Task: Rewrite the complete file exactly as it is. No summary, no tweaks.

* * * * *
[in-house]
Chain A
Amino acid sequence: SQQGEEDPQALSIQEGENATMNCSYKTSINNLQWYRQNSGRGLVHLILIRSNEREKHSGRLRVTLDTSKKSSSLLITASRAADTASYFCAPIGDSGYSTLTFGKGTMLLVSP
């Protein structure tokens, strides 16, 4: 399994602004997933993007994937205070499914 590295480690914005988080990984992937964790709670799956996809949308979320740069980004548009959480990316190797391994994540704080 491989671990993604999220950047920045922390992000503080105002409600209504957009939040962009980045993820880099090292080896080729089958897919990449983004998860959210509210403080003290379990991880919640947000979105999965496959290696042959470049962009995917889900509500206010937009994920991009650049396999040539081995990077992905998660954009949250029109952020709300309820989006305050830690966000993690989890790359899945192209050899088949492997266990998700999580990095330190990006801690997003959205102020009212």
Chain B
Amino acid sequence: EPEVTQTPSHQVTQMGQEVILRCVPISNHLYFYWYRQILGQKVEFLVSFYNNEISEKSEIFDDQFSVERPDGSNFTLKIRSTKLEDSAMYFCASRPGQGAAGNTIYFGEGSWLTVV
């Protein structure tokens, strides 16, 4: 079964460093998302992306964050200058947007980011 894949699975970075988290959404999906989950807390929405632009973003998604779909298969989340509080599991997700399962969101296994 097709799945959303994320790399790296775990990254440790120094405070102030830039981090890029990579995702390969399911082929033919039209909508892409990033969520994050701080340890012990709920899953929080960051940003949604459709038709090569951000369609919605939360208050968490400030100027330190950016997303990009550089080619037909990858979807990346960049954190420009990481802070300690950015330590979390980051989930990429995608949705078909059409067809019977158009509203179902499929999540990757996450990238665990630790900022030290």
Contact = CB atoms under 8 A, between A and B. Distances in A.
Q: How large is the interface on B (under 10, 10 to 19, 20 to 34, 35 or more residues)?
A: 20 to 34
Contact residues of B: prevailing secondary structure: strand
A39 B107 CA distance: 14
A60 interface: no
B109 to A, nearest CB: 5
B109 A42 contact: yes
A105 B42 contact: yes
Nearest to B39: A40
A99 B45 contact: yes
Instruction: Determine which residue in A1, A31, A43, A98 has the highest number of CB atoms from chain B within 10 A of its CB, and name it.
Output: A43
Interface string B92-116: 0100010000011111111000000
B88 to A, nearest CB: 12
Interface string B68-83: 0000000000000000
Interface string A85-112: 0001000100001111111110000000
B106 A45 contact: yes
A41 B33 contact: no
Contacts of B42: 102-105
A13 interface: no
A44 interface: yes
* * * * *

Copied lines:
[in-house]
Chain A
Amino acid sequence: SQQGEEDPQALSIQEGENATMNCSYKTSINNLQWYRQNSGRGLVHLILIRSNEREKHSGRLRVTLDTSKKSSSLLITASRAADTASYFCAPIGDSGYSTLTFGKGTMLLVSP
């Protein structure tokens, strides 16, 4: 399994602004997933993007994937205070499914 590295480690914005988080990984992937964790709670799956996809949308979320740069980004548009959480990316190797391994994540704080 491989671990993604999220950047920045922390992000503080105002409600209504957009939040962009980045993820880099090292080896080729089958897919990449983004998860959210509210403080003290379990991880919640947000979105999965496959290696042959470049962009995917889900509500206010937009994920991009650049396999040539081995990077992905998660954009949250029109952020709300309820989006305050830690966000993690989890790359899945192209050899088949492997266990998700999580990095330190990006801690997003959205102020009212």
Chain B
Amino acid sequence: EPEVTQTPSHQVTQMGQEVILRCVPISNHLYFYWYRQILGQKVEFLVSFYNNEISEKSEIFDDQFSVERPDGSNFTLKIRSTKLEDSAMYFCASRPGQGAAGNTIYFGEGSWLTVV
């Protein structure tokens, strides 16, 4: 079964460093998302992306964050200058947007980011 894949699975970075988290959404999906989950807390929405632009973003998604779909298969989340509080599991997700399962969101296994 097709799945959303994320790399790296775990990254440790120094405070102030830039981090890029990579995702390969399911082929033919039209909508892409990033969520994050701080340890012990709920899953929080960051940003949604459709038709090569951000369609919605939360208050968490400030100027330190950016997303990009550089080619037909990858979807990346960049954190420009990481802070300690950015330590979390980051989930990429995608949705078909059409067809019977158009509203179902499929999540990757996450990238665990630790900022030290």
Contact = CB atoms under 8 A, between A and B. Distances in A.
Q: How large is the interface on B (under 10, 10 to 19, 20 to 34, 35 or more residues)?
A: 20 to 34
Contact residues of B: prevailing secondary structure: strand
A39 B107 CA distance: 14
A60 interface: no
B109 to A, nearest CB: 5
B109 A42 contact: yes
A105 B42 contact: yes
Nearest to B39: A40
A99 B45 contact: yes
Instruction: Determine which residue in A1, A31, A43, A98 has the highest number of CB atoms from chain B within 10 A of its CB, and name it.
Output: A43
Interface string B92-116: 0100010000011111111000000
B88 to A, nearest CB: 12
Interface string B68-83: 0000000000000000
Interface string A85-112: 0001000100001111111110000000
B106 A45 contact: yes
A41 B33 contact: no
Contacts of B42: 102-105
A13 interface: no
A44 interface: yes